In the previous chapter of this Dreamweaver tutorial, we designed a two-column web page using Dreamweaver CS3 and uploaded it to the web host.
In this chapter, you will learn how to insert images into your web page.
If you have missed the first instalment of this tutorial, you should read and attempt the steps given in Dreamweaver Tutorial: How to Create a Website with Dreamweaver CS3 (Part 1) before trying out the things on this page. Uploading the web page, which we did in Part 1, is a necessary step if Dreamweaver is going to handle the web addresses (URLs) of your images correctly. This chapter assumes that you have completed the steps in Part 1.
You will need the following to complete this tutorial:
You will need a small image to place on the top left hand corner of your web page. This image will serve as your site's logo. It will appear on every page of your website.
If you are designing a company website, chances are that your company already has a logo. If you don't have an image file for the logo, either scan it or take a digital photograph of the logo for your use in this chapter.
If you don't have a logo yet, create one using your favourite graphics drawing software or draw one on paper and scan it or take a digital photo of it. You will need a program that can produce either PNG, GIF or JPG files. If you don't already have a drawing or painting program, you can find a list of free ones on thefreecountry.com's Free Drawing and Painting Software page.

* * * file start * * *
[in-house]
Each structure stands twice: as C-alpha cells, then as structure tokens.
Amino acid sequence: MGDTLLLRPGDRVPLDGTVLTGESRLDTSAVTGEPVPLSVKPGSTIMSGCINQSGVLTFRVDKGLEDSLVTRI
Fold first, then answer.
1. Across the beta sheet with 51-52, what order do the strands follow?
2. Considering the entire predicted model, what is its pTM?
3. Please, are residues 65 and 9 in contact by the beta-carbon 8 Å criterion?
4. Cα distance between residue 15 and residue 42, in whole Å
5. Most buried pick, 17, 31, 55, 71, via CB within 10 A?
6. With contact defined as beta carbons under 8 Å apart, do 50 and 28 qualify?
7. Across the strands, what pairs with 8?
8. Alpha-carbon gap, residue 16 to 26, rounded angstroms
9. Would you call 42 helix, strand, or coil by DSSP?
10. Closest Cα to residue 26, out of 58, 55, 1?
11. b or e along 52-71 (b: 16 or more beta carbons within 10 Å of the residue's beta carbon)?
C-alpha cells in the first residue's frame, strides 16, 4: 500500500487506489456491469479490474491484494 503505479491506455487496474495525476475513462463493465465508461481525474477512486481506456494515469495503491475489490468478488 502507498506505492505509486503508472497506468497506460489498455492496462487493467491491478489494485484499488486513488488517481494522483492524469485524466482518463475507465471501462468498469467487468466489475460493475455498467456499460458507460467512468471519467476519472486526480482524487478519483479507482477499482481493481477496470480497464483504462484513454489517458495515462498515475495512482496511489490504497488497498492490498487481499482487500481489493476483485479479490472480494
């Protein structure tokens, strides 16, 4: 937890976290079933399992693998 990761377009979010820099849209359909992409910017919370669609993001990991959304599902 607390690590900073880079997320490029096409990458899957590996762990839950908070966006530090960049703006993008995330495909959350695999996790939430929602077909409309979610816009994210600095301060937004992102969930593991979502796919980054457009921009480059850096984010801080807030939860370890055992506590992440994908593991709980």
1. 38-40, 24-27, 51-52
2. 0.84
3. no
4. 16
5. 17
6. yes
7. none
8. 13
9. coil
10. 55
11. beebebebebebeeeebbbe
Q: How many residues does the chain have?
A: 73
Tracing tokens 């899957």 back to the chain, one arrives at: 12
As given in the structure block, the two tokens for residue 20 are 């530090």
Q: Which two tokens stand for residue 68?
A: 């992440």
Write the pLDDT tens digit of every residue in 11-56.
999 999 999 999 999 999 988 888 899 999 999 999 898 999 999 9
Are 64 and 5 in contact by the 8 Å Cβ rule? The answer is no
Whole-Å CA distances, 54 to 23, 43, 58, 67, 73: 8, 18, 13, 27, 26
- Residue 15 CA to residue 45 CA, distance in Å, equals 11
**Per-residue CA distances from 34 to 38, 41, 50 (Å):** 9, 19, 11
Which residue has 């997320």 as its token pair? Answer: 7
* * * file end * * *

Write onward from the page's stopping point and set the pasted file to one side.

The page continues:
When creating your logo, note the following:
Try to keep the width and height of the image small. There are no fixed size stipulations for a logo, but if your logo is too wide or tall, you will have a hard time fitting it into your web page. If the picture you have is too big, try resizing it in your graphics software.
If you really have no idea what to put in your logo, just create an image with the name of your site on it.
A guide on how to make your own site logo can be found in the tutorial, How to Create a Logo for Your Site the Quick and Easy Way: Logo Making for the Graphically Challenged at http://www.thesitewizard.com/webdesign/make-site-logo-banner.shtml